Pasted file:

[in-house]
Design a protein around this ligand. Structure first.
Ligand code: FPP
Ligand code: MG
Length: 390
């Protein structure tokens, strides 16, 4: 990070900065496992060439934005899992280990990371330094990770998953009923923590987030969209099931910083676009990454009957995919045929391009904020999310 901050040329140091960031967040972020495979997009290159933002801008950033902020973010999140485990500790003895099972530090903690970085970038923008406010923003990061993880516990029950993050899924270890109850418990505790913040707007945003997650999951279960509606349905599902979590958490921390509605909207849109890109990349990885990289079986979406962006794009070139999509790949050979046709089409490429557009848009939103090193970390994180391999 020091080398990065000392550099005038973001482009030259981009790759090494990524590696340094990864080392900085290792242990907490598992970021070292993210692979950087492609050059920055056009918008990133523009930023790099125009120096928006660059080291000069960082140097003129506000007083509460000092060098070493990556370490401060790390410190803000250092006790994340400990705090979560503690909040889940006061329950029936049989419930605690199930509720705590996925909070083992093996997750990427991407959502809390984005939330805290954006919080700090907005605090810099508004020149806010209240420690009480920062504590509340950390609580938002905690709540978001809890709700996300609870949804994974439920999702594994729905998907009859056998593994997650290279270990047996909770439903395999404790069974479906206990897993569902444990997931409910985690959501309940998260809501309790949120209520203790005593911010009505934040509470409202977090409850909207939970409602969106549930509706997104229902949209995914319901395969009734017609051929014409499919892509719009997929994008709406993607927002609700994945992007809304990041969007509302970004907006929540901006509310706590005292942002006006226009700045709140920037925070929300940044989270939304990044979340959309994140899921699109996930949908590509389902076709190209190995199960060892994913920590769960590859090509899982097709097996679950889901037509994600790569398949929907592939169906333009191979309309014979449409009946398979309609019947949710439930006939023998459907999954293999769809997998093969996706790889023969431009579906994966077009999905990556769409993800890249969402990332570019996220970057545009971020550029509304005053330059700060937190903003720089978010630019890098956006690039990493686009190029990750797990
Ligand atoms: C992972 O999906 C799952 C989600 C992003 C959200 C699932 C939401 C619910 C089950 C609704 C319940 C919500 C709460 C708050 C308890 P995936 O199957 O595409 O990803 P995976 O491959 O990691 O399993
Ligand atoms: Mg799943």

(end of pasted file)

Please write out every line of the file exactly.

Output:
[in-house]
Design a protein around this ligand. Structure first.
Ligand code: FPP
Ligand code: MG
Length: 390
């Protein structure tokens, strides 16, 4: 990070900065496992060439934005899992280990990371330094990770998953009923923590987030969209099931910083676009990454009957995919045929391009904020999310 901050040329140091960031967040972020495979997009290159933002801008950033902020973010999140485990500790003895099972530090903690970085970038923008406010923003990061993880516990029950993050899924270890109850418990505790913040707007945003997650999951279960509606349905599902979590958490921390509605909207849109890109990349990885990289079986979406962006794009070139999509790949050979046709089409490429557009848009939103090193970390994180391999 020091080398990065000392550099005038973001482009030259981009790759090494990524590696340094990864080392900085290792242990907490598992970021070292993210692979950087492609050059920055056009918008990133523009930023790099125009120096928006660059080291000069960082140097003129506000007083509460000092060098070493990556370490401060790390410190803000250092006790994340400990705090979560503690909040889940006061329950029936049989419930605690199930509720705590996925909070083992093996997750990427991407959502809390984005939330805290954006919080700090907005605090810099508004020149806010209240420690009480920062504590509340950390609580938002905690709540978001809890709700996300609870949804994974439920999702594994729905998907009859056998593994997650290279270990047996909770439903395999404790069974479906206990897993569902444990997931409910985690959501309940998260809501309790949120209520203790005593911010009505934040509470409202977090409850909207939970409602969106549930509706997104229902949209995914319901395969009734017609051929014409499919892509719009997929994008709406993607927002609700994945992007809304990041969007509302970004907006929540901006509310706590005292942002006006226009700045709140920037925070929300940044989270939304990044979340959309994140899921699109996930949908590509389902076709190209190995199960060892994913920590769960590859090509899982097709097996679950889901037509994600790569398949929907592939169906333009191979309309014979449409009946398979309609019947949710439930006939023998459907999954293999769809997998093969996706790889023969431009579906994966077009999905990556769409993800890249969402990332570019996220970057545009971020550029509304005053330059700060937190903003720089978010630019890098956006690039990493686009190029990750797990
Ligand atoms: C992972 O999906 C799952 C989600 C992003 C959200 C699932 C939401 C619910 C089950 C609704 C319940 C919500 C709460 C708050 C308890 P995936 O199957 O595409 O990803 P995976 O491959 O990691 O399993
Ligand atoms: Mg799943």